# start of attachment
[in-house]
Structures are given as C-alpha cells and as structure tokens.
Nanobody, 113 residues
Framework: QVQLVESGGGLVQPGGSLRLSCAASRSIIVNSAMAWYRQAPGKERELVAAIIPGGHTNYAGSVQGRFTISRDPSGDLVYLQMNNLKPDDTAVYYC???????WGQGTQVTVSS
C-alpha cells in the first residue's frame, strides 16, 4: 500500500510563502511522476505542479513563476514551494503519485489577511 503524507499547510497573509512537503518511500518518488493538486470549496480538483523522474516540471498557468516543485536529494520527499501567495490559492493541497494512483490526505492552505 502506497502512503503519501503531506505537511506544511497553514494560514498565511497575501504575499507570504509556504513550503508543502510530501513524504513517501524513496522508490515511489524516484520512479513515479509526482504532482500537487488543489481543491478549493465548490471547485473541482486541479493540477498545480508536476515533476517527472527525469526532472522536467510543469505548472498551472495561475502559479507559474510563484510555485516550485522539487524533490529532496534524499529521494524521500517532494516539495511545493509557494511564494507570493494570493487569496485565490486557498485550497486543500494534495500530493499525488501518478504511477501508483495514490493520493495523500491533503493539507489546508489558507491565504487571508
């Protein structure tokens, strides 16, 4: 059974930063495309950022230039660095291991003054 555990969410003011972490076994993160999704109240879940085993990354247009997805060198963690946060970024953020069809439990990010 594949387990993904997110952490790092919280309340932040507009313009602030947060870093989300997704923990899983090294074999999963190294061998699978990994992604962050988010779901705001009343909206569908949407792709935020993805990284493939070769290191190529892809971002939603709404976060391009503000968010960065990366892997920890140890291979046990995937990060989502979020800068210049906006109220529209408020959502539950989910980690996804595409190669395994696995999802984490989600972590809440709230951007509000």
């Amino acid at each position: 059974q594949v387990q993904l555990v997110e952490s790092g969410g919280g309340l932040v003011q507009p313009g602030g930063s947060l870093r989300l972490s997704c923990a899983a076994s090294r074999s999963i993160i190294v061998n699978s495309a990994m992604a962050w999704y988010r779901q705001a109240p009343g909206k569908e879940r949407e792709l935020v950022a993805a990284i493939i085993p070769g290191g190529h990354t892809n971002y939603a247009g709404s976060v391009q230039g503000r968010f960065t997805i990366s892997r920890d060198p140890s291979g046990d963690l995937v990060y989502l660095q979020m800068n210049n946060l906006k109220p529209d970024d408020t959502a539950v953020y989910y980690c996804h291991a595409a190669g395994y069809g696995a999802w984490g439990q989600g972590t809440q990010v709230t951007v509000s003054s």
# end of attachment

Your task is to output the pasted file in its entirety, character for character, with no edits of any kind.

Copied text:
[in-house]
Structures are given as C-alpha cells and as structure tokens.
Nanobody, 113 residues
Framework: QVQLVESGGGLVQPGGSLRLSCAASRSIIVNSAMAWYRQAPGKERELVAAIIPGGHTNYAGSVQGRFTISRDPSGDLVYLQMNNLKPDDTAVYYC???????WGQGTQVTVSS
C-alpha cells in the first residue's frame, strides 16, 4: 500500500510563502511522476505542479513563476514551494503519485489577511 503524507499547510497573509512537503518511500518518488493538486470549496480538483523522474516540471498557468516543485536529494520527499501567495490559492493541497494512483490526505492552505 502506497502512503503519501503531506505537511506544511497553514494560514498565511497575501504575499507570504509556504513550503508543502510530501513524504513517501524513496522508490515511489524516484520512479513515479509526482504532482500537487488543489481543491478549493465548490471547485473541482486541479493540477498545480508536476515533476517527472527525469526532472522536467510543469505548472498551472495561475502559479507559474510563484510555485516550485522539487524533490529532496534524499529521494524521500517532494516539495511545493509557494511564494507570493494570493487569496485565490486557498485550497486543500494534495500530493499525488501518478504511477501508483495514490493520493495523500491533503493539507489546508489558507491565504487571508
């Protein structure tokens, strides 16, 4: 059974930063495309950022230039660095291991003054 555990969410003011972490076994993160999704109240879940085993990354247009997805060198963690946060970024953020069809439990990010 594949387990993904997110952490790092919280309340932040507009313009602030947060870093989300997704923990899983090294074999999963190294061998699978990994992604962050988010779901705001009343909206569908949407792709935020993805990284493939070769290191190529892809971002939603709404976060391009503000968010960065990366892997920890140890291979046990995937990060989502979020800068210049906006109220529209408020959502539950989910980690996804595409190669395994696995999802984490989600972590809440709230951007509000």
């Amino acid at each position: 059974q594949v387990q993904l555990v997110e952490s790092g969410g919280g309340l932040v003011q507009p313009g602030g930063s947060l870093r989300l972490s997704c923990a899983a076994s090294r074999s999963i993160i190294v061998n699978s495309a990994m992604a962050w999704y988010r779901q705001a109240p009343g909206k569908e879940r949407e792709l935020v950022a993805a990284i493939i085993p070769g290191g190529h990354t892809n971002y939603a247009g709404s976060v391009q230039g503000r968010f960065t997805i990366s892997r920890d060198p140890s291979g046990d963690l995937v990060y989502l660095q979020m800068n210049n946060l906006k109220p529209d970024d408020t959502a539950v953020y989910y980690c996804h291991a595409a190669g395994y069809g696995a999802w984490g439990q989600g972590t809440q990010v709230t951007v509000s003054s």